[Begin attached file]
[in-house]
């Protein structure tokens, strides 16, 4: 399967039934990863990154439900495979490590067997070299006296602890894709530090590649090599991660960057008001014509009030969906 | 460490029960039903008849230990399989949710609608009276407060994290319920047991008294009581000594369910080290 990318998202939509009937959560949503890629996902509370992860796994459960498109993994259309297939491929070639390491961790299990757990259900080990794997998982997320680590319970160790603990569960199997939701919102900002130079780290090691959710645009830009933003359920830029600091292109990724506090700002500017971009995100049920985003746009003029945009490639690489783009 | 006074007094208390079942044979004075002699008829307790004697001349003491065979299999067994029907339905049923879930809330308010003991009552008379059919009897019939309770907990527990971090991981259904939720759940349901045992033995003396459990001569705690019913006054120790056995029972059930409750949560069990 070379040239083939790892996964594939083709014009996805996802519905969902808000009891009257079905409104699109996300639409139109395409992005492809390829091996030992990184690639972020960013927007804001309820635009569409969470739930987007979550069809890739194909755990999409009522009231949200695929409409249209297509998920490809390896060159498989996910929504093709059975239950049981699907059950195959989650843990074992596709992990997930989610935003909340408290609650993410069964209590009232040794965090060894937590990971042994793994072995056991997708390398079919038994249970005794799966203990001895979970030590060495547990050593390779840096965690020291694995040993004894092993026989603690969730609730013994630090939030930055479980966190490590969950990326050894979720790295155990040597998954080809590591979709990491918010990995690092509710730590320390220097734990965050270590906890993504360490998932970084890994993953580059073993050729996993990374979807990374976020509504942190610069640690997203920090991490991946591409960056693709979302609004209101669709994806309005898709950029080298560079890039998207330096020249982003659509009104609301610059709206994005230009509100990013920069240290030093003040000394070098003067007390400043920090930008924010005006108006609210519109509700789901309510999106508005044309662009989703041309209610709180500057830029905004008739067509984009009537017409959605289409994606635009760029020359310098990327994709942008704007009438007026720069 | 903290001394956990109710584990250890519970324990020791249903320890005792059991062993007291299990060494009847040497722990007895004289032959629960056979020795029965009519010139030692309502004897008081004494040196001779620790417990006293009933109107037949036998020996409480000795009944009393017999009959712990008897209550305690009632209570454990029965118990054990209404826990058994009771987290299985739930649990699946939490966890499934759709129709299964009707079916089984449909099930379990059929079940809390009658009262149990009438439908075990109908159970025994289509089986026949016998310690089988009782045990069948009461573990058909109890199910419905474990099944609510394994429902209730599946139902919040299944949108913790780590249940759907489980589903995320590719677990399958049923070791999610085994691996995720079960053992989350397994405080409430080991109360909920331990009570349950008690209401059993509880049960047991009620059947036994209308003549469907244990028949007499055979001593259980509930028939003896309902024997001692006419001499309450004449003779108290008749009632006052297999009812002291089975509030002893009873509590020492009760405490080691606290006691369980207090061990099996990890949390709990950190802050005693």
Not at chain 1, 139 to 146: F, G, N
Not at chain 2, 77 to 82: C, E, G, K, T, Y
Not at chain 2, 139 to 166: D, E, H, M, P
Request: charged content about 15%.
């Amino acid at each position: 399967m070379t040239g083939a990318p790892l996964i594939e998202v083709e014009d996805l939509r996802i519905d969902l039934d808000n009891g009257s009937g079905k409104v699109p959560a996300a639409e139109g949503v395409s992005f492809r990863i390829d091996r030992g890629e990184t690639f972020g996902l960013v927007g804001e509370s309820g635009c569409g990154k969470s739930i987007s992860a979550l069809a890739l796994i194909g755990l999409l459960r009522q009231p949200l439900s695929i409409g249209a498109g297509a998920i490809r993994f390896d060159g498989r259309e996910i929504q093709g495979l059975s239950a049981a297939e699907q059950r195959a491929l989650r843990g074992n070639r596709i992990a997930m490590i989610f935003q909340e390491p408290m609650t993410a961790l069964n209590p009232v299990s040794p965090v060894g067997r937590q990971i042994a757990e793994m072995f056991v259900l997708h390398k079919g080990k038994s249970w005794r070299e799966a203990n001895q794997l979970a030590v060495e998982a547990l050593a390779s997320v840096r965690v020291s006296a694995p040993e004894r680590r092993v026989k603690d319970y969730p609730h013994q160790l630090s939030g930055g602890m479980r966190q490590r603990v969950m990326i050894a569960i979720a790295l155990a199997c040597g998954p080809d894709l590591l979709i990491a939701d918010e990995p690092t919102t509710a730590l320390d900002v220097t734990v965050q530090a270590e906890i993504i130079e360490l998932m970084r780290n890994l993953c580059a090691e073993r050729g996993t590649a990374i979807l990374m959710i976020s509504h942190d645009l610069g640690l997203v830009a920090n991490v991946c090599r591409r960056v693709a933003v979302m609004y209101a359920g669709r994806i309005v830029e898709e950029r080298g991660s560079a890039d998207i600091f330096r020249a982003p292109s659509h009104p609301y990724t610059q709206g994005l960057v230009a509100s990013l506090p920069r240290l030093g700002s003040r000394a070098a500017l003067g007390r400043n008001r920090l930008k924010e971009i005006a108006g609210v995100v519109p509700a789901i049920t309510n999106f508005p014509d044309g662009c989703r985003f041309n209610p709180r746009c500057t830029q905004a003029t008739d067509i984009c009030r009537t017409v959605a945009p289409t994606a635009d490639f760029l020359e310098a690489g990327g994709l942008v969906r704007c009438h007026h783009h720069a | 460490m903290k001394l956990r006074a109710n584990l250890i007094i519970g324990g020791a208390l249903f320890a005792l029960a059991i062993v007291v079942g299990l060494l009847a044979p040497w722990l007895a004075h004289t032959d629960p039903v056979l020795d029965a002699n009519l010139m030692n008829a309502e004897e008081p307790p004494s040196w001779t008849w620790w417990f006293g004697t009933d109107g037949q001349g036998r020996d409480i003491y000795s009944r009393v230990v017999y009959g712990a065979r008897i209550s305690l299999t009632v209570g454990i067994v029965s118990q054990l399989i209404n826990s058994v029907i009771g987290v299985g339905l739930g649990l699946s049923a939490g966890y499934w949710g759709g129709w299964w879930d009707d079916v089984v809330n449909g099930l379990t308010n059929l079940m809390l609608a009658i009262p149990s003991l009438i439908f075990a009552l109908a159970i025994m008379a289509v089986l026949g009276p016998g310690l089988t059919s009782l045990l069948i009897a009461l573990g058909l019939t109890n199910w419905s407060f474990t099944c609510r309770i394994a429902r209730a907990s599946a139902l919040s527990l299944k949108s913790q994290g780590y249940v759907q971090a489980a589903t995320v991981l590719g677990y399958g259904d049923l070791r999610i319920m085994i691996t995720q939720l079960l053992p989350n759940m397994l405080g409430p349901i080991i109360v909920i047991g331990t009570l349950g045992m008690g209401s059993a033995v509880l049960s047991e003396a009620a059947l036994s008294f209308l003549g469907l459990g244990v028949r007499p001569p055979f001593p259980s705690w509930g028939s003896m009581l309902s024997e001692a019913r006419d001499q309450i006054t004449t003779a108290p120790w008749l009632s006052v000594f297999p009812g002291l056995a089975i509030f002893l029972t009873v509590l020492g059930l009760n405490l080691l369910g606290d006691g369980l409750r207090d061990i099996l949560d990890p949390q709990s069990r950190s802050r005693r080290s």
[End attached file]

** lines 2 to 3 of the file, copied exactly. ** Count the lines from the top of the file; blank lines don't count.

């Protein structure tokens, strides 16, 4: 399967039934990863990154439900495979490590067997070299006296602890894709530090590649090599991660960057008001014509009030969906 | 460490029960039903008849230990399989949710609608009276407060994290319920047991008294009581000594369910080290 990318998202939509009937959560949503890629996902509370992860796994459960498109993994259309297939491929070639390491961790299990757990259900080990794997998982997320680590319970160790603990569960199997939701919102900002130079780290090691959710645009830009933003359920830029600091292109990724506090700002500017971009995100049920985003746009003029945009490639690489783009 | 006074007094208390079942044979004075002699008829307790004697001349003491065979299999067994029907339905049923879930809330308010003991009552008379059919009897019939309770907990527990971090991981259904939720759940349901045992033995003396459990001569705690019913006054120790056995029972059930409750949560069990 070379040239083939790892996964594939083709014009996805996802519905969902808000009891009257079905409104699109996300639409139109395409992005492809390829091996030992990184690639972020960013927007804001309820635009569409969470739930987007979550069809890739194909755990999409009522009231949200695929409409249209297509998920490809390896060159498989996910929504093709059975239950049981699907059950195959989650843990074992596709992990997930989610935003909340408290609650993410069964209590009232040794965090060894937590990971042994793994072995056991997708390398079919038994249970005794799966203990001895979970030590060495547990050593390779840096965690020291694995040993004894092993026989603690969730609730013994630090939030930055479980966190490590969950990326050894979720790295155990040597998954080809590591979709990491918010990995690092509710730590320390220097734990965050270590906890993504360490998932970084890994993953580059073993050729996993990374979807990374976020509504942190610069640690997203920090991490991946591409960056693709979302609004209101669709994806309005898709950029080298560079890039998207330096020249982003659509009104609301610059709206994005230009509100990013920069240290030093003040000394070098003067007390400043920090930008924010005006108006609210519109509700789901309510999106508005044309662009989703041309209610709180500057830029905004008739067509984009009537017409959605289409994606635009760029020359310098990327994709942008704007009438007026720069 | 903290001394956990109710584990250890519970324990020791249903320890005792059991062993007291299990060494009847040497722990007895004289032959629960056979020795029965009519010139030692309502004897008081004494040196001779620790417990006293009933109107037949036998020996409480000795009944009393017999009959712990008897209550305690009632209570454990029965118990054990209404826990058994009771987290299985739930649990699946939490966890499934759709129709299964009707079916089984449909099930379990059929079940809390009658009262149990009438439908075990109908159970025994289509089986026949016998310690089988009782045990069948009461573990058909109890199910419905474990099944609510394994429902209730599946139902919040299944949108913790780590249940759907489980589903995320590719677990399958049923070791999610085994691996995720079960053992989350397994405080409430080991109360909920331990009570349950008690209401059993509880049960047991009620059947036994209308003549469907244990028949007499055979001593259980509930028939003896309902024997001692006419001499309450004449003779108290008749009632006052297999009812002291089975509030002893009873509590020492009760405490080691606290006691369980207090061990099996990890949390709990950190802050005693």
Not at chain 1, 139 to 146: F, G, N